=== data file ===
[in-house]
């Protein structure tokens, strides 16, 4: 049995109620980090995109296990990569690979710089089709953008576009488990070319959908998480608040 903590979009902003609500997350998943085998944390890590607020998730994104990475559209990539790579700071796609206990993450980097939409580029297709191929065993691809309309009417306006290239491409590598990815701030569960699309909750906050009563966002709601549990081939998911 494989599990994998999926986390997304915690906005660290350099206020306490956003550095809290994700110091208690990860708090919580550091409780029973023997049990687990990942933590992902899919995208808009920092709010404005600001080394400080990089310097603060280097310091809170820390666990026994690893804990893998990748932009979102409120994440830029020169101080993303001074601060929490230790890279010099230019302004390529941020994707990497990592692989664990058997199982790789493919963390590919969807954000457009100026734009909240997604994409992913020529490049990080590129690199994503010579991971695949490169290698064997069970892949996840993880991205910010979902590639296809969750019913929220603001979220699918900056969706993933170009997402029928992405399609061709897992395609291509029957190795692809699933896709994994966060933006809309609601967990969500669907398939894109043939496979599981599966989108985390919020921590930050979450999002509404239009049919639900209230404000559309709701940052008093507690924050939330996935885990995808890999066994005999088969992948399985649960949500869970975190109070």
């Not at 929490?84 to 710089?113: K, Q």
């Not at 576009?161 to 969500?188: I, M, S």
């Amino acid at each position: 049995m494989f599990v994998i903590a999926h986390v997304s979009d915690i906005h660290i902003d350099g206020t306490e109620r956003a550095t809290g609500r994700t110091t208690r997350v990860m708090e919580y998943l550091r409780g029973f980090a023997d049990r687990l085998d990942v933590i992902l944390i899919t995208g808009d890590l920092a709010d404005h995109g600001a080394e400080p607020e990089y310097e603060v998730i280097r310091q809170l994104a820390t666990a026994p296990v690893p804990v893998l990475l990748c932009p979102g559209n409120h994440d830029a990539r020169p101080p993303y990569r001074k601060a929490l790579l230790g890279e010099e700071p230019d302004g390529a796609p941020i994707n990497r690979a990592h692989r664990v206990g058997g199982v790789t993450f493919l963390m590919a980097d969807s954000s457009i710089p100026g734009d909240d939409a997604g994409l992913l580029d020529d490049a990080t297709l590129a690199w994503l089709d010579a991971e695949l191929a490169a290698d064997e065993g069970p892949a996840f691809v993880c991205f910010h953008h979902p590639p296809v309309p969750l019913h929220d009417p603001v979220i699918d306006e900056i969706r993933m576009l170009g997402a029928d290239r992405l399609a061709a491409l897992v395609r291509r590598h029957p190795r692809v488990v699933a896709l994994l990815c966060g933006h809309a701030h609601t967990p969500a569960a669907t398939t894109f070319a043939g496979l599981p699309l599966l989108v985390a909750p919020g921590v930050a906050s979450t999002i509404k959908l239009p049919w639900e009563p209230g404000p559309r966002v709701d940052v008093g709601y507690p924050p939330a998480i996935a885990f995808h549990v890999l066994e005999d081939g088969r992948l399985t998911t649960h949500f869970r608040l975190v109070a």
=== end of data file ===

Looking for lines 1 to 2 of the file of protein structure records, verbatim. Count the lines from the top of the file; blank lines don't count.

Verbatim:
[in-house]
């Protein structure tokens, strides 16, 4: 049995109620980090995109296990990569690979710089089709953008576009488990070319959908998480608040 903590979009902003609500997350998943085998944390890590607020998730994104990475559209990539790579700071796609206990993450980097939409580029297709191929065993691809309309009417306006290239491409590598990815701030569960699309909750906050009563966002709601549990081939998911 494989599990994998999926986390997304915690906005660290350099206020306490956003550095809290994700110091208690990860708090919580550091409780029973023997049990687990990942933590992902899919995208808009920092709010404005600001080394400080990089310097603060280097310091809170820390666990026994690893804990893998990748932009979102409120994440830029020169101080993303001074601060929490230790890279010099230019302004390529941020994707990497990592692989664990058997199982790789493919963390590919969807954000457009100026734009909240997604994409992913020529490049990080590129690199994503010579991971695949490169290698064997069970892949996840993880991205910010979902590639296809969750019913929220603001979220699918900056969706993933170009997402029928992405399609061709897992395609291509029957190795692809699933896709994994966060933006809309609601967990969500669907398939894109043939496979599981599966989108985390919020921590930050979450999002509404239009049919639900209230404000559309709701940052008093507690924050939330996935885990995808890999066994005999088969992948399985649960949500869970975190109070």